A Brief History of Printing Within The UK

14th March 2017

The history of printing is rich with cultural traditions and modern technological advances and can be dated back to as early as 200 AD in China, where they used wooden blocks to print on textiles and paper. Throughout the centuries, printing has been picked up by different cultures and used widely across the world, and has slowly developed into the types of printing that we use today.


Printing in England was believed to have been started by a young entrepreneur named William Caxton, who was born in Kent and had moved to Bruges in Germany in 1446. His brief trip to Cologne was during Germany’s rapidly advancing printing industry where he had witnessed their intelligent and innovative printing techniques. He swiftly set up his own printing business and printed his first English language textbook in 1473. Upon his return to the UK in 1476, he started his own press in Westminster and continued his printing endeavours, forming the history of printing within England. Caxton was renowned for printing romantic fiction and classical works including history textbooks.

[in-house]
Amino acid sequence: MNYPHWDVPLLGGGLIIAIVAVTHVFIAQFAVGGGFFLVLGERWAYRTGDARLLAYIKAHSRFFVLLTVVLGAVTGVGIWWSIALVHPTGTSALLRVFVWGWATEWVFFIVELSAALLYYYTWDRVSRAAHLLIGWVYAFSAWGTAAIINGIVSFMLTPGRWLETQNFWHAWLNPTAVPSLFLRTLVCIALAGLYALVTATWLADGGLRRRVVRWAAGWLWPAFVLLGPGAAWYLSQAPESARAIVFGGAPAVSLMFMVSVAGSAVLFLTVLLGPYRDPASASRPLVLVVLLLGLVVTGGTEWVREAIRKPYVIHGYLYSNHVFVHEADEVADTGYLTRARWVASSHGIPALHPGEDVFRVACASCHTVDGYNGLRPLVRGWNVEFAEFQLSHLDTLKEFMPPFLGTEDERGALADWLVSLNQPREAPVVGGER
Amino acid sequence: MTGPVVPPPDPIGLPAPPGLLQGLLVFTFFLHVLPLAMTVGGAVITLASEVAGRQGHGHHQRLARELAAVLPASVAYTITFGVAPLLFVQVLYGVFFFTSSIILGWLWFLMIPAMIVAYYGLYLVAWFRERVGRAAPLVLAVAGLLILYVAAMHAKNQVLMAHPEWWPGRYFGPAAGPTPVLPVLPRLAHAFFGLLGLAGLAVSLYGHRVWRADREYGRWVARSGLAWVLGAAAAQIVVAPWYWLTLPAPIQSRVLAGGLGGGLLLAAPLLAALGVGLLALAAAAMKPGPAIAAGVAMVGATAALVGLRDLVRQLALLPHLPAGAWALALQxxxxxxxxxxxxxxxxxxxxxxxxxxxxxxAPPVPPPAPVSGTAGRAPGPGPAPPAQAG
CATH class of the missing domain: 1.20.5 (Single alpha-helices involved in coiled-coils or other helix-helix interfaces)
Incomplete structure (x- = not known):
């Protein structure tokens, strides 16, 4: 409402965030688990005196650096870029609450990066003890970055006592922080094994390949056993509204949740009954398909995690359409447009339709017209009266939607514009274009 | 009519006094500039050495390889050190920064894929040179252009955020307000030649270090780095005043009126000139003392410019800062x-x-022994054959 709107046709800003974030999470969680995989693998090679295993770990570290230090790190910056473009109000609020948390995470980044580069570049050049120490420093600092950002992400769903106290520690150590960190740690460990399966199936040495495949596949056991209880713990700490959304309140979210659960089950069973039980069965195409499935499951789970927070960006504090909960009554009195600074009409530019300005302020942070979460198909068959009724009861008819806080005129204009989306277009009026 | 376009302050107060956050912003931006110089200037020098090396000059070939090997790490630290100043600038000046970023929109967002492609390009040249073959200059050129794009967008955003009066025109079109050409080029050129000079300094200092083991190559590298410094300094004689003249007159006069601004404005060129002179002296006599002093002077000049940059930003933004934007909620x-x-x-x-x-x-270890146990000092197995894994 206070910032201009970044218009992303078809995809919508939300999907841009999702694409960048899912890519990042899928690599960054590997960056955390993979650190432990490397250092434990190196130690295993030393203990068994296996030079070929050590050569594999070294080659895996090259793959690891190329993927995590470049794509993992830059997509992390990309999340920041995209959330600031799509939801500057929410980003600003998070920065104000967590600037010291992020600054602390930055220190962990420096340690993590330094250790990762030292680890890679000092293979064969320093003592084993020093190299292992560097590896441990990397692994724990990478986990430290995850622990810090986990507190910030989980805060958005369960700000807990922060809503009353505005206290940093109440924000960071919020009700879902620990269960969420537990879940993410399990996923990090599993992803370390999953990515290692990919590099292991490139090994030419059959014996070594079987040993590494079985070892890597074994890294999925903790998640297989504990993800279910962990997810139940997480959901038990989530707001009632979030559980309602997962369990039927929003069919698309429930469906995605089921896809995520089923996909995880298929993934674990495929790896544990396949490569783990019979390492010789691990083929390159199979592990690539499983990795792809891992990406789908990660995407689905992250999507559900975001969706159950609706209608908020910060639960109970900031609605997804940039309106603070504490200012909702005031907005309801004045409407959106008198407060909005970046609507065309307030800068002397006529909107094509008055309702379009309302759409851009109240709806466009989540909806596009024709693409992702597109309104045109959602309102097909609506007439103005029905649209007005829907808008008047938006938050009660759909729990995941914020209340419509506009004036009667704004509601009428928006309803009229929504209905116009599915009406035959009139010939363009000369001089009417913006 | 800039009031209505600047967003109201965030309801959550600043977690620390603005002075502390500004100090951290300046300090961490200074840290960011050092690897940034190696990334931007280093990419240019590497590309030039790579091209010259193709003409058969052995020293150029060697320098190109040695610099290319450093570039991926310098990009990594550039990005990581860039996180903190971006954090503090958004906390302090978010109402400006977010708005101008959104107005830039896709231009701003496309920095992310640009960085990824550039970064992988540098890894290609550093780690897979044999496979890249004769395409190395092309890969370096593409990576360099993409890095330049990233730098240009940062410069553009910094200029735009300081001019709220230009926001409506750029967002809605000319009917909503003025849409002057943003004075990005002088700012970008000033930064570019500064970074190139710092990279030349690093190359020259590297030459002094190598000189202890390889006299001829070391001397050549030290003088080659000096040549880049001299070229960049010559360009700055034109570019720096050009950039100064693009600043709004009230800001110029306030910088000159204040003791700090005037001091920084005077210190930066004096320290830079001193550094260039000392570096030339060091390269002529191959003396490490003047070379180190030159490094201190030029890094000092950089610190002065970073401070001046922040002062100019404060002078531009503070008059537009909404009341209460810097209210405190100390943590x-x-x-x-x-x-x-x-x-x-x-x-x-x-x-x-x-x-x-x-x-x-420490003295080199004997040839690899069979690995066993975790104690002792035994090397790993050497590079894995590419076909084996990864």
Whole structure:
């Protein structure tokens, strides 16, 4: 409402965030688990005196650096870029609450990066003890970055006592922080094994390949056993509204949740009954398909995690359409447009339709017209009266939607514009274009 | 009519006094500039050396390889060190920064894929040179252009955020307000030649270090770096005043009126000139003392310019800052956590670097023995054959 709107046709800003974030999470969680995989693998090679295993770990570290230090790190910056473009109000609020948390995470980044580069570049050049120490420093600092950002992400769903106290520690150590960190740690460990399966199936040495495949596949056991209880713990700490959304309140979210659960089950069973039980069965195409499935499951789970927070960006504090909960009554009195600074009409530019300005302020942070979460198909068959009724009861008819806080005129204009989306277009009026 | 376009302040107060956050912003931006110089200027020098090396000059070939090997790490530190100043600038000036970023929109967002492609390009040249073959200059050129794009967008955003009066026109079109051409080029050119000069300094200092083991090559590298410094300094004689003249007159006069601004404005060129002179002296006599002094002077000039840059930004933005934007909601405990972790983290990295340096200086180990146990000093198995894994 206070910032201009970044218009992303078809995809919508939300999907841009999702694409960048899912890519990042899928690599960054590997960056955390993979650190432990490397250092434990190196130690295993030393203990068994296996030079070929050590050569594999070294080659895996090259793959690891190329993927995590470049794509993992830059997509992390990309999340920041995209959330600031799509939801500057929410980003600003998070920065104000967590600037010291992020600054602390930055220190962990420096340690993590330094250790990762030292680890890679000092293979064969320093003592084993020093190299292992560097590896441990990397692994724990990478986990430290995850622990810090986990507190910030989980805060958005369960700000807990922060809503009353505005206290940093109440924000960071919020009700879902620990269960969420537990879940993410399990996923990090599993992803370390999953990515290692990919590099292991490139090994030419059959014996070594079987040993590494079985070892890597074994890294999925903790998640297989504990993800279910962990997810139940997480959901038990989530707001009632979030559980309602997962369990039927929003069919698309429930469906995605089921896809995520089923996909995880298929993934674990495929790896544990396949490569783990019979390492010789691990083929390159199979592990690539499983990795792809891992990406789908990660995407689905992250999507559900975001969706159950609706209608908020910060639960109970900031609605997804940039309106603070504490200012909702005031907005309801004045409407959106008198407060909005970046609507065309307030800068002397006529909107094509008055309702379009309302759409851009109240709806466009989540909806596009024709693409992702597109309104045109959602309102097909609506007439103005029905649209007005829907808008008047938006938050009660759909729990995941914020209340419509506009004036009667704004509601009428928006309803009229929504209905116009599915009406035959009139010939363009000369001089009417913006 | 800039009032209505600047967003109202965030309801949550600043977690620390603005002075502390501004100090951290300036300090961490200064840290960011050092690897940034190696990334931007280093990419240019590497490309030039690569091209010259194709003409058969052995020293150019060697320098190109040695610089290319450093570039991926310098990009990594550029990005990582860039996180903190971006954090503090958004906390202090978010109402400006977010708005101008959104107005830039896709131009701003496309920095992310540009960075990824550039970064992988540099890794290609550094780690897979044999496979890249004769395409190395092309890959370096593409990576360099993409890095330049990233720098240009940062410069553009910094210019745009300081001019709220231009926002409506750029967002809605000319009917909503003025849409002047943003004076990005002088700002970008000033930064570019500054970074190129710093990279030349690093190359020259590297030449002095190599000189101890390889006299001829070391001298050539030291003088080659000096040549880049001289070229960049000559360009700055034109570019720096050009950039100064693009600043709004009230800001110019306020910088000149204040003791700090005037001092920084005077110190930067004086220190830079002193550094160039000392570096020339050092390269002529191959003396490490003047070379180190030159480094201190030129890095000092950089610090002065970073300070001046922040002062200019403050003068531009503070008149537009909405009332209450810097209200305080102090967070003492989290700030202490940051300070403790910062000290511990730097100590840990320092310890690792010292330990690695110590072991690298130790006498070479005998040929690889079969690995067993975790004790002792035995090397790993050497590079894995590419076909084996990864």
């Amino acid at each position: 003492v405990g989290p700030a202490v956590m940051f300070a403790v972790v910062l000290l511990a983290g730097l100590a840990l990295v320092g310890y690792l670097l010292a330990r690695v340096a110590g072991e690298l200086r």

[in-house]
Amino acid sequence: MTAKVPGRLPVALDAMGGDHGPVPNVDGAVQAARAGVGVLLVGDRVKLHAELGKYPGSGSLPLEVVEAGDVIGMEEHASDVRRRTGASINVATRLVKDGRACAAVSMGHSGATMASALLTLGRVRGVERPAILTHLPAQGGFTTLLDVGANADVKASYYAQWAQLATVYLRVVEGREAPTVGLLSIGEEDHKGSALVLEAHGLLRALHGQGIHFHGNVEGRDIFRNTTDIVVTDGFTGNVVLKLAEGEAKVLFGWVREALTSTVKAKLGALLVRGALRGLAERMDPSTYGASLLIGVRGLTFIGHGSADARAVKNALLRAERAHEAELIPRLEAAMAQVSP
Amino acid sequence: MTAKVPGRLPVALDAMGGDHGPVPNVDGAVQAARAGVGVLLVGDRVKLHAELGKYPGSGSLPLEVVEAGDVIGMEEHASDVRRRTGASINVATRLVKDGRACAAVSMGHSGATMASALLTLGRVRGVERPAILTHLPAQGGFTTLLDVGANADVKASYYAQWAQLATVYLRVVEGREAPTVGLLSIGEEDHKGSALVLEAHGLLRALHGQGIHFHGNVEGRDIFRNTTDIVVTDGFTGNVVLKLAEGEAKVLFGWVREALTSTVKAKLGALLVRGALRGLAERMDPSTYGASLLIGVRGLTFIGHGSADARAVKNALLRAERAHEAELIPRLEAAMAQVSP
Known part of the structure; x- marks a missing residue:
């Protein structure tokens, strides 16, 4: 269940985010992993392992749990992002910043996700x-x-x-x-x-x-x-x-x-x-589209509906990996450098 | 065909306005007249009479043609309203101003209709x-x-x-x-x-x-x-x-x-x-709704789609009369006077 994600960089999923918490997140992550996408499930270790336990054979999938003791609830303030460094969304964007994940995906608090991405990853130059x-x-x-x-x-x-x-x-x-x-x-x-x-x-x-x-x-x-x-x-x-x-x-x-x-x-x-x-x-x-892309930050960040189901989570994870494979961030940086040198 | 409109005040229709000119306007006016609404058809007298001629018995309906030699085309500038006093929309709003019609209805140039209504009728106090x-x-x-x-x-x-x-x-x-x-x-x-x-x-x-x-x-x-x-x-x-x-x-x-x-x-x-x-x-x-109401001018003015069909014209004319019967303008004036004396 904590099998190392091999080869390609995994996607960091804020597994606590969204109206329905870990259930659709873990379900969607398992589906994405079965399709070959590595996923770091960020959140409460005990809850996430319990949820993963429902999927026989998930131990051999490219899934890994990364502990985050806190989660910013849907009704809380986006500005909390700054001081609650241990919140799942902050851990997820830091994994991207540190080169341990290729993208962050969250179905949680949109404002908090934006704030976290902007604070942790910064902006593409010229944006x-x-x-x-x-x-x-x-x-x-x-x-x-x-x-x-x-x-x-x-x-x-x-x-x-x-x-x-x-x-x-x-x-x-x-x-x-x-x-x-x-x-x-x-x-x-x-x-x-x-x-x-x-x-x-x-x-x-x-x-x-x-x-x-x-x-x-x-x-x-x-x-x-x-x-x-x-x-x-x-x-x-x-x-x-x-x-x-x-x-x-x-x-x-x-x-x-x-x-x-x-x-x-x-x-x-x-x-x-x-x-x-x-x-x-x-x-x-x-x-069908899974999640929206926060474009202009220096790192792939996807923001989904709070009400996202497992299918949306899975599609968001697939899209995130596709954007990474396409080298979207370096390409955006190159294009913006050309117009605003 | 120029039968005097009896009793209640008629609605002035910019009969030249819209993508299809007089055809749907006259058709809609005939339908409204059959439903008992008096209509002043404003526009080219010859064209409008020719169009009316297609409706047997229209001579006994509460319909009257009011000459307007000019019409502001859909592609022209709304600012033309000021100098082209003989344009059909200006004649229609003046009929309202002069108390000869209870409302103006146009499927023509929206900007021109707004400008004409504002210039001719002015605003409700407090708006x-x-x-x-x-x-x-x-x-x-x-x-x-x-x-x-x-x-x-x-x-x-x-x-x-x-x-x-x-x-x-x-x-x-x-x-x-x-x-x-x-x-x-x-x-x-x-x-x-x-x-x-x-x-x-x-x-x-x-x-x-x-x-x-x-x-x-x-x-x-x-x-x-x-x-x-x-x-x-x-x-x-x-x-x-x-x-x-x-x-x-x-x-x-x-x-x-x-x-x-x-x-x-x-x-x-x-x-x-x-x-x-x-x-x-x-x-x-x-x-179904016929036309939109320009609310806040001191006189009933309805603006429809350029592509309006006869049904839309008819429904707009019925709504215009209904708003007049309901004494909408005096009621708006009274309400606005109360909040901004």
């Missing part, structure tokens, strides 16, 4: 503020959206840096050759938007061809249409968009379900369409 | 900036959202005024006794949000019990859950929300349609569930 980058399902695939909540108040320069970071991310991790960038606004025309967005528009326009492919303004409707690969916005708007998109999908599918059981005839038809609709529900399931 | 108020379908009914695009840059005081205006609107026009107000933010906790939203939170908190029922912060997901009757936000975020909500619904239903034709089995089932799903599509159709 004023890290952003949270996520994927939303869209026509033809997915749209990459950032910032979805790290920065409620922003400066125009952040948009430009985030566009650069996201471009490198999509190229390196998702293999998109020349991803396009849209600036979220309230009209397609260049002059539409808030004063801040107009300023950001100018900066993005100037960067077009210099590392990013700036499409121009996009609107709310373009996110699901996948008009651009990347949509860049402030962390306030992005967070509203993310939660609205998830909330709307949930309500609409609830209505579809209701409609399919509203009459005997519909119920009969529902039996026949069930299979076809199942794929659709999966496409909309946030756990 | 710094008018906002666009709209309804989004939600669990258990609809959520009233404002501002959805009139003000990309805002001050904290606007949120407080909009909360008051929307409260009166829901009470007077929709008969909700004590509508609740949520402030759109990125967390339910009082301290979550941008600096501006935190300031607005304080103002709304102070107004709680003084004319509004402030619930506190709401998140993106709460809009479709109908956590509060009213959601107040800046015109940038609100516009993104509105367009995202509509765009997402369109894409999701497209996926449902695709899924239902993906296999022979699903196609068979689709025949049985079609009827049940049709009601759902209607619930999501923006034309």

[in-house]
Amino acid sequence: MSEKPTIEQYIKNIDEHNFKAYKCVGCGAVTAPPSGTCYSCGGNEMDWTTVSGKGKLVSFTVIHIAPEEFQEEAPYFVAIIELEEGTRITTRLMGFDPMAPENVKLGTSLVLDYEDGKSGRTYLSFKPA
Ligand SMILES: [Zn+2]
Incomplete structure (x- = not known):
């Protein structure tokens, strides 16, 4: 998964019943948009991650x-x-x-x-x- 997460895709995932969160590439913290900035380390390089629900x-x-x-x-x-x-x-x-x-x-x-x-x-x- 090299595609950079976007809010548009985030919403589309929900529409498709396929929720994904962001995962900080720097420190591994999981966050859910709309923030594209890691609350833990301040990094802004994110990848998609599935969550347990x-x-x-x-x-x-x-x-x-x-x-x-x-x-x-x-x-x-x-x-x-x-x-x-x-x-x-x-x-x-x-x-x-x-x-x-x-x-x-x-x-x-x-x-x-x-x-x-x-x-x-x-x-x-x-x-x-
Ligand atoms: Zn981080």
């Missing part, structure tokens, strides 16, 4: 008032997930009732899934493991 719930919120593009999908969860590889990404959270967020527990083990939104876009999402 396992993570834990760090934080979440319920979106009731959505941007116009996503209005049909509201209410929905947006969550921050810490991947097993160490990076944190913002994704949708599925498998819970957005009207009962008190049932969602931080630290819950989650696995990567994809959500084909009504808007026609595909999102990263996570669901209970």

William Caxton was credited with forming the basis of the English language through his printed textbooks. He was believed to have expanded English vocabulary and the use of grammar and accents. Another icon in the history of printing was William Caslon, who in the early 1700s was designing typefaces for British press companies due to his ability to engrave barrels and gun locks with inventive typefaces. His work gained recognition for its creativity and later became hugely popular, with the United States using his typeface on the first printed version of the Declaration of Independence.


The use of printing gained huge momentum during the Victorian era where are a number of advances allowed printing to be made for the masses. The development of steam processes was an iconic moment in the history of printing as it allowed for huge numbers of papers to be printed. During the early 1900s, Eric Gill produced a number of iconic and popular typefaces including Gill Sans and Perpetua, both of which remain popular today and are used amongst small printers in England.

Modern Age

Digital printing remains the most popular use of printing to date with a variety of printing techniques available, including laserjet, LED, toners, electro-ink and much more. Predicting which type of printing will dominate the coming years is tough, as constant technological advances allow for easier and faster printing.

If you require any printing services then please call Print and Digital on 01543 415860 or fill out our contact form and our friendly and helpful team will be happy to assist.